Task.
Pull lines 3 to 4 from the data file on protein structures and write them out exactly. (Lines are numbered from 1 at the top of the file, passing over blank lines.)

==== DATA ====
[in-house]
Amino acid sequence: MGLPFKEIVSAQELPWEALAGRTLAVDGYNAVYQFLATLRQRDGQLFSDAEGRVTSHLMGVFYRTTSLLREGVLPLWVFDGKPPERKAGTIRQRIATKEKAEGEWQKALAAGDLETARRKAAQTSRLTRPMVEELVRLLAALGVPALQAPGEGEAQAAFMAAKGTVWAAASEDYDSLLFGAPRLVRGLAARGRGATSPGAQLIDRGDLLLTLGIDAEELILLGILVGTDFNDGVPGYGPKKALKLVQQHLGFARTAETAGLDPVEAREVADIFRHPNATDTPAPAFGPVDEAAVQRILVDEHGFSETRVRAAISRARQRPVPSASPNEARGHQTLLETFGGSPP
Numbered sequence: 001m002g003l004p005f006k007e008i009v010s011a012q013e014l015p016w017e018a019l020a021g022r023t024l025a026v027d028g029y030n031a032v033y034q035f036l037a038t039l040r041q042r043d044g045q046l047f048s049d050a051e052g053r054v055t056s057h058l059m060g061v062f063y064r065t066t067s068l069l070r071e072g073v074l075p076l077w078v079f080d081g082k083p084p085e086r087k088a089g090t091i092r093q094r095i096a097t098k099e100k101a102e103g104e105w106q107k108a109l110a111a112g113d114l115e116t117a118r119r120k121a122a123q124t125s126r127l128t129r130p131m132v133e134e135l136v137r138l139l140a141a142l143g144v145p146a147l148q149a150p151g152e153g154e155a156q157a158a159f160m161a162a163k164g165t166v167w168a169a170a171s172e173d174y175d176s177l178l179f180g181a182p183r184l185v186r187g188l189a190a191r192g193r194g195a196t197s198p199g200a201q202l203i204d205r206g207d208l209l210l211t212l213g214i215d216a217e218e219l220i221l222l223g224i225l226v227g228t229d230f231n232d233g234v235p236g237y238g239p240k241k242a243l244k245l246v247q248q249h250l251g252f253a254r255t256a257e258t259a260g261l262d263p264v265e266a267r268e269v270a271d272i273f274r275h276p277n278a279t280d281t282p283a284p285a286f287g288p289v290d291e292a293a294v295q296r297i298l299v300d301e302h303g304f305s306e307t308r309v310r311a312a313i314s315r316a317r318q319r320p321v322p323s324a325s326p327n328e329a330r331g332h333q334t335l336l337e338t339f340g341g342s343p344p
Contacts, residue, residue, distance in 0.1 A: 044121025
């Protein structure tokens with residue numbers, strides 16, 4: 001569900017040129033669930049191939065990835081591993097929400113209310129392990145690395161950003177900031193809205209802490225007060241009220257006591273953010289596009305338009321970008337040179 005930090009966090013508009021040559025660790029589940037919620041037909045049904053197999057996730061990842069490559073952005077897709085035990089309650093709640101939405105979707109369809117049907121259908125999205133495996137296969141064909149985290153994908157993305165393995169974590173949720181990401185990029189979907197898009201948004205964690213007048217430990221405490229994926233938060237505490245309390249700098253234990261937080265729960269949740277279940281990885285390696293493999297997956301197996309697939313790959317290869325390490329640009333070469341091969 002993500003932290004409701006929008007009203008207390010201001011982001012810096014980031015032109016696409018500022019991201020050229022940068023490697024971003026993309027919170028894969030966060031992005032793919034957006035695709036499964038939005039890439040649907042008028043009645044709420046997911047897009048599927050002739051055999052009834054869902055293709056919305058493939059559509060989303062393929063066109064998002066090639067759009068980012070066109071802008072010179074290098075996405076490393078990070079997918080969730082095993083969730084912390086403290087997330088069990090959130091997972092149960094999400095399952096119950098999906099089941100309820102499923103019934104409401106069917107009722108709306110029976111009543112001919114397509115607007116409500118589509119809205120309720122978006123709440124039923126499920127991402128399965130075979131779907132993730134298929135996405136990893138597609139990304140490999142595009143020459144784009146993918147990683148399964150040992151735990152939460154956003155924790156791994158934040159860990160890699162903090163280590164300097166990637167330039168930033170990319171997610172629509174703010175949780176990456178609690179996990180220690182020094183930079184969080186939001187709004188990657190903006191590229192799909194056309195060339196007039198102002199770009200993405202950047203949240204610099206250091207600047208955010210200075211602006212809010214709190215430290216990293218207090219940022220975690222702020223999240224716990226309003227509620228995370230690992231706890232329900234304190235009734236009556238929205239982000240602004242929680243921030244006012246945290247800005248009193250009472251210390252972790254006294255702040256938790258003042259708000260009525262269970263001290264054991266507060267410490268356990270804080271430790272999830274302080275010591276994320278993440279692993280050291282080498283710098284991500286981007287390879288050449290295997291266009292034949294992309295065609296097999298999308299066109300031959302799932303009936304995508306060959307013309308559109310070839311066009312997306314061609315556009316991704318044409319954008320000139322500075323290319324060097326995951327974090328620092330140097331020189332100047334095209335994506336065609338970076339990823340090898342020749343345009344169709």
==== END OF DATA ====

Numbered sequence: 001m002g003l004p005f006k007e008i009v010s011a012q013e014l015p016w017e018a019l020a021g022r023t024l025a026v027d028g029y030n031a032v033y034q035f036l037a038t039l040r041q042r043d044g045q046l047f048s049d050a051e052g053r054v055t056s057h058l059m060g061v062f063y064r065t066t067s068l069l070r071e072g073v074l075p076l077w078v079f080d081g082k083p084p085e086r087k088a089g090t091i092r093q094r095i096a097t098k099e100k101a102e103g104e105w106q107k108a109l110a111a112g113d114l115e116t117a118r119r120k121a122a123q124t125s126r127l128t129r130p131m132v133e134e135l136v137r138l139l140a141a142l143g144v145p146a147l148q149a150p151g152e153g154e155a156q157a158a159f160m161a162a163k164g165t166v167w168a169a170a171s172e173d174y175d176s177l178l179f180g181a182p183r184l185v186r187g188l189a190a191r192g193r194g195a196t197s198p199g200a201q202l203i204d205r206g207d208l209l210l211t212l213g214i215d216a217e218e219l220i221l222l223g224i225l226v227g228t229d230f231n232d233g234v235p236g237y238g239p240k241k242a243l244k245l246v247q248q249h250l251g252f253a254r255t256a257e258t259a260g261l262d263p264v265e266a267r268e269v270a271d272i273f274r275h276p277n278a279t280d281t282p283a284p285a286f287g288p289v290d291e292a293a294v295q296r297i298l299v300d301e302h303g304f305s306e307t308r309v310r311a312a313i314s315r316a317r318q319r320p321v322p323s324a325s326p327n328e329a330r331g332h333q334t335l336l337e338t339f340g341g342s343p344p
Contacts, residue, residue, distance in 0.1 A: 044121025